10 Bob Dylan protest songs you've probably never heard
Words By: Sam Pethers | September 18th, 2015
June 15th, 1920 - Three African-American labourers were lynched in the streets of Duluth, Minnesota.
Elias Clayton, Elmer Jackson and Isaac McGhie were in Duluth as members of a travelling circus when they were accused of raping a white woman. The three men faced a kangaroo court in the street. Subsequently, they were beaten and publicly hung by an angry mob at the corner of 1st Street and 2nd Avenue East in central Duluth--a short walk from the house Bob Dylan grew up in many years later.
A photo of the lynching was printed on postcards and sold around town.
Thirty five years later, Bob Dylan made reference to the story in the opening line of "Desolation Row"--track nine from Highway 61 Revisited, released August 30, 1965:
"They're selling postcards of the hanging. They’re painting the passports brown. The beauty parlor is filled with sailors. The circus is in town."When he was asked at a press conference in 1965, "How many people who major in the same musical vineyard in which you toil, how many are protest singers?" Dylan came back with "Um, it's either 136 or 142".
By 1965, Dylan had seemingly broken away from the protest movement, despite regularly insisting his songs were still protest songs. In one interview he claimed, "all I ever do is protest". Whilst on tour in Europe in 1966 someone shouted, "Sing a protest song", to which Dylan sarcastically responded, "this is a protest song... I'm gonna do a protest song". Once the raucous, infuriated audience were quiet again he introduced the song, "this one’s called yes I see you’ve got your brand new leopard skin pillbox hat" - a 1966 song that chastised female New York socialites. The crowds’ hostility was understandable to a degree. They were used to the folk-singing Dylan who, in the three years previous, had written some of the most powerful anti-war/civil rights protest songs ever recorded.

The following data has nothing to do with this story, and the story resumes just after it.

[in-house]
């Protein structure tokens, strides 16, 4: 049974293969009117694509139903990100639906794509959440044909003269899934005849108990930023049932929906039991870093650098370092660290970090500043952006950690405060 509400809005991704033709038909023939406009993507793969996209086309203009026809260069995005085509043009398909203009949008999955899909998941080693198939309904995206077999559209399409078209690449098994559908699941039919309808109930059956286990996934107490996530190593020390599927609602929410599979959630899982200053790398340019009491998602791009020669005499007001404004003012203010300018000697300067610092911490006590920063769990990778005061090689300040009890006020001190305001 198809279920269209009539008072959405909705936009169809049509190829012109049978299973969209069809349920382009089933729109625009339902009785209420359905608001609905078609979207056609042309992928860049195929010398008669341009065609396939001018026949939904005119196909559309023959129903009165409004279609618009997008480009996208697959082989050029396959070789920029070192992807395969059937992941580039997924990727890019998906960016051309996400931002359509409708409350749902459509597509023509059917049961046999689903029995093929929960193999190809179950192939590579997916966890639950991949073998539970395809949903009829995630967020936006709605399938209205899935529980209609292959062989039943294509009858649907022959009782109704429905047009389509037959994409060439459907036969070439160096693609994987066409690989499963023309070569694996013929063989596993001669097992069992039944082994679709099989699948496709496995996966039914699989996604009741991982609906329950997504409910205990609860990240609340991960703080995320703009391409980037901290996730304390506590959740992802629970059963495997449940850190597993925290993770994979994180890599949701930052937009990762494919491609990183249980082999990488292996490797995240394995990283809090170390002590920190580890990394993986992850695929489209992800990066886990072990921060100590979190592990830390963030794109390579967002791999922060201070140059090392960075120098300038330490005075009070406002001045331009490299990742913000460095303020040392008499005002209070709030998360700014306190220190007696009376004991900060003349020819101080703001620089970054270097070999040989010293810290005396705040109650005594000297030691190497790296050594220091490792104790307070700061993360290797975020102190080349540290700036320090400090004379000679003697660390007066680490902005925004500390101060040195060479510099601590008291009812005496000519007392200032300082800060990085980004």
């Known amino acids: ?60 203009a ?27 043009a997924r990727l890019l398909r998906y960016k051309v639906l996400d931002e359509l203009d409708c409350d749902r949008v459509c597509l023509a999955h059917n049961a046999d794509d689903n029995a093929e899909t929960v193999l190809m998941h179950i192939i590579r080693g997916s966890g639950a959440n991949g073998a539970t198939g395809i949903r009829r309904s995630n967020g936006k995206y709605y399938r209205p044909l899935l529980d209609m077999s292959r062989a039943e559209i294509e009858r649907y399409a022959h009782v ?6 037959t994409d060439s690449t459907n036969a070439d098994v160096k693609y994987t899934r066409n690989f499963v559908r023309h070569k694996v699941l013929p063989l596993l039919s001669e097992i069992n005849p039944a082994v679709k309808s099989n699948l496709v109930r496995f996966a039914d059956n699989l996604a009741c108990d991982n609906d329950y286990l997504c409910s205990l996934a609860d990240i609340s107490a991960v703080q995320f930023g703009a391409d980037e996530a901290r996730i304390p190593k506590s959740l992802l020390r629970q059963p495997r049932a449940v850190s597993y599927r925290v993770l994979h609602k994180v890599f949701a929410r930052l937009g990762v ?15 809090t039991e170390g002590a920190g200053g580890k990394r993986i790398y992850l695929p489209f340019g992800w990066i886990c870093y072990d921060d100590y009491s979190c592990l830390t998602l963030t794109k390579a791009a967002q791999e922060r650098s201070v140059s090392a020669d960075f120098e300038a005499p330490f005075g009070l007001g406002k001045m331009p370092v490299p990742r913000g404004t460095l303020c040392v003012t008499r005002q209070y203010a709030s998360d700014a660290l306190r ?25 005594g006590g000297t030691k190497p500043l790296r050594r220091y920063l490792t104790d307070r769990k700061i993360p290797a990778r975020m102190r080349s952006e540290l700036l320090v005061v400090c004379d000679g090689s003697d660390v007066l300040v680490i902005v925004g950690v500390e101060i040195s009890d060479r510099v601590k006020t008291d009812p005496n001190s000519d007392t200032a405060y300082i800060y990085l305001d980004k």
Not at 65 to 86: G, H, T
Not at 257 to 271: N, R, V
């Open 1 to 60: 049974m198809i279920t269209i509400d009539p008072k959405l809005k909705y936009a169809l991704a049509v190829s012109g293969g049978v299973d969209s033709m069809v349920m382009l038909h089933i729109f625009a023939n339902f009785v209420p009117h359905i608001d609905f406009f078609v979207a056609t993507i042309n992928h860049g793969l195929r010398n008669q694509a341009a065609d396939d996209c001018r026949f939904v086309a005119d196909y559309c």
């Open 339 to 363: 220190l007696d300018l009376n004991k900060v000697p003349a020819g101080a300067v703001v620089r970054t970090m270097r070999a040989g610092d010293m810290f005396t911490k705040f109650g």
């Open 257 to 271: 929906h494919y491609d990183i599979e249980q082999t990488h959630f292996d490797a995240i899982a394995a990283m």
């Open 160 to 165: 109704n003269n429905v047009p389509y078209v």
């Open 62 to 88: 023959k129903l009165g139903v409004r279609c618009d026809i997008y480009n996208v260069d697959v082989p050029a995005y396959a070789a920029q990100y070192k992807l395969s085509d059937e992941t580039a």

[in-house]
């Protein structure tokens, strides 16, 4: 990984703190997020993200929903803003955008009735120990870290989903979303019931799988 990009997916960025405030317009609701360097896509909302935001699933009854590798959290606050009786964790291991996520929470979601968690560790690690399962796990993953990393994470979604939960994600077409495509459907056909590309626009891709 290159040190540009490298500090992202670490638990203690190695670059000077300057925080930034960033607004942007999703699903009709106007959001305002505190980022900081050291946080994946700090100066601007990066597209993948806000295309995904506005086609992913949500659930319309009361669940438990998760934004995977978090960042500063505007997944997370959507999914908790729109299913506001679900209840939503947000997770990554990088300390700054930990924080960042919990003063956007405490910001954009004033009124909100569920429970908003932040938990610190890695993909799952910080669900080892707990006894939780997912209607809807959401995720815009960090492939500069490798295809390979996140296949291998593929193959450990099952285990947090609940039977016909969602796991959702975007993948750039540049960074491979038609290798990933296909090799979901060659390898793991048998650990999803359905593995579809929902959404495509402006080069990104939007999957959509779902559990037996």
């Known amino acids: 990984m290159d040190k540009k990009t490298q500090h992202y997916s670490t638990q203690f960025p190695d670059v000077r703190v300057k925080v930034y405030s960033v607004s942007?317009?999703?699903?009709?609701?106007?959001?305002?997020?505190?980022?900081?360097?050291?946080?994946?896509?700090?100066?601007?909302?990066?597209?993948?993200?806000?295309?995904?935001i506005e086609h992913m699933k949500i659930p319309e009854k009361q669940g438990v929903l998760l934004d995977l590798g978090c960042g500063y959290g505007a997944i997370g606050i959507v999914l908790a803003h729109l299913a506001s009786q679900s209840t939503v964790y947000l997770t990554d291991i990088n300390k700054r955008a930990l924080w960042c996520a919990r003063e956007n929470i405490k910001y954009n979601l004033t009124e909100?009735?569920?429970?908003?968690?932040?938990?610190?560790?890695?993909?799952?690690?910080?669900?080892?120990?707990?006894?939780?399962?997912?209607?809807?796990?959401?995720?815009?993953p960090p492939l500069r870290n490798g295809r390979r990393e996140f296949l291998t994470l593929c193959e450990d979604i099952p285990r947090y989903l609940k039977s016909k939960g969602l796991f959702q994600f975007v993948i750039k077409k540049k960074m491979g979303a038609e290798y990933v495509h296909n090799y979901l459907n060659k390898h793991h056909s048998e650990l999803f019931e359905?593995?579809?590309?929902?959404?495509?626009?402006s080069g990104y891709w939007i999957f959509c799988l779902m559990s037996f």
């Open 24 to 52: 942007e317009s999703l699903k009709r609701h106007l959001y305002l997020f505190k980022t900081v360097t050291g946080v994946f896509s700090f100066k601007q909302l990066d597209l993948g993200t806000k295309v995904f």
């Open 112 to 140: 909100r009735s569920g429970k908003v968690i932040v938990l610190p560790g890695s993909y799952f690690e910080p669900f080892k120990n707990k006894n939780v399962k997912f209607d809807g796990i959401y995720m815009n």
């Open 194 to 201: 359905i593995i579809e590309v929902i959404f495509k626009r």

However, Dylan was trying to distance himself from the protest-folk pigeonhole. When he was asked at a press conference in 1965, "How many people who major in the same musical vineyard in which you toil, how many are protest singers?" Dylan came back with "Um, it's either 136 or 142".
Here are ten pre-1965 Dylan songs that protest the oppression of black people in America, war, boxing, mental health, prison, murder, and a Minnesotan reform school for boys. None of these songs ever received an official release on a Bob Dylan studio album.
Note: "Hezekiah Jones (Black Cross)" was actually written in 1948 by Joseph S. Newman, the Grandfather of actor Paul Newman. Dylan's version is an adaptation of Lord Buckley's 1959 rendition of "Black Cross".
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